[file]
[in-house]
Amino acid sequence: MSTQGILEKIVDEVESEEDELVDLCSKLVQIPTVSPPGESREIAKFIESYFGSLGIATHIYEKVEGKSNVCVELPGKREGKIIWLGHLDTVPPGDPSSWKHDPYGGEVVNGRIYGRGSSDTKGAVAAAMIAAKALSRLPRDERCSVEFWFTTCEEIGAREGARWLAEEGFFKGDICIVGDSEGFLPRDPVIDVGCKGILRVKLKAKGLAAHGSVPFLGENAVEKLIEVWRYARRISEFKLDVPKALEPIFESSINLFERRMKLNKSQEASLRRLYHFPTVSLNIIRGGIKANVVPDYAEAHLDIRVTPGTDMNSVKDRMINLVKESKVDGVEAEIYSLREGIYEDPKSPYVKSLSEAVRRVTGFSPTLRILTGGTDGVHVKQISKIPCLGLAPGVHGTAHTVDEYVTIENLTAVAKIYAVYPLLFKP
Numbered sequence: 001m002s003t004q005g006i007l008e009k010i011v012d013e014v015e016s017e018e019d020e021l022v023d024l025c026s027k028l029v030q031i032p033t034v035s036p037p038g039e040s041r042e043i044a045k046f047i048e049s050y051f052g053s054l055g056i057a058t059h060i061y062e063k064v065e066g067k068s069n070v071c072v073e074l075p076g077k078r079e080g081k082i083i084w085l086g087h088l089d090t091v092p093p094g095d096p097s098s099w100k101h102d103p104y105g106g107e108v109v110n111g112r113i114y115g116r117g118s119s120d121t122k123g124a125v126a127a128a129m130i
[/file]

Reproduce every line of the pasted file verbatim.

[in-house]
Amino acid sequence: MSTQGILEKIVDEVESEEDELVDLCSKLVQIPTVSPPGESREIAKFIESYFGSLGIATHIYEKVEGKSNVCVELPGKREGKIIWLGHLDTVPPGDPSSWKHDPYGGEVVNGRIYGRGSSDTKGAVAAAMIAAKALSRLPRDERCSVEFWFTTCEEIGAREGARWLAEEGFFKGDICIVGDSEGFLPRDPVIDVGCKGILRVKLKAKGLAAHGSVPFLGENAVEKLIEVWRYARRISEFKLDVPKALEPIFESSINLFERRMKLNKSQEASLRRLYHFPTVSLNIIRGGIKANVVPDYAEAHLDIRVTPGTDMNSVKDRMINLVKESKVDGVEAEIYSLREGIYEDPKSPYVKSLSEAVRRVTGFSPTLRILTGGTDGVHVKQISKIPCLGLAPGVHGTAHTVDEYVTIENLTAVAKIYAVYPLLFKP
Numbered sequence: 001m002s003t004q005g006i007l008e009k010i011v012d013e014v015e016s017e018e019d020e021l022v023d024l025c026s027k028l029v030q031i032p033t034v035s036p037p038g039e040s041r042e043i044a045k046f047i048e049s050y051f052g053s054l055g056i057a058t059h060i061y062e063k064v065e066g067k068s069n070v071c072v073e074l075p076g077k078r079e080g081k082i083i084w085l086g087h088l089d090t091v092p093p094g095d096p097s098s099w100k101h102d103p104y105g106g107e108v109v110n111g112r113i114y115g116r117g118s119s120d121t122k123g124a125v126a127a128a129m130i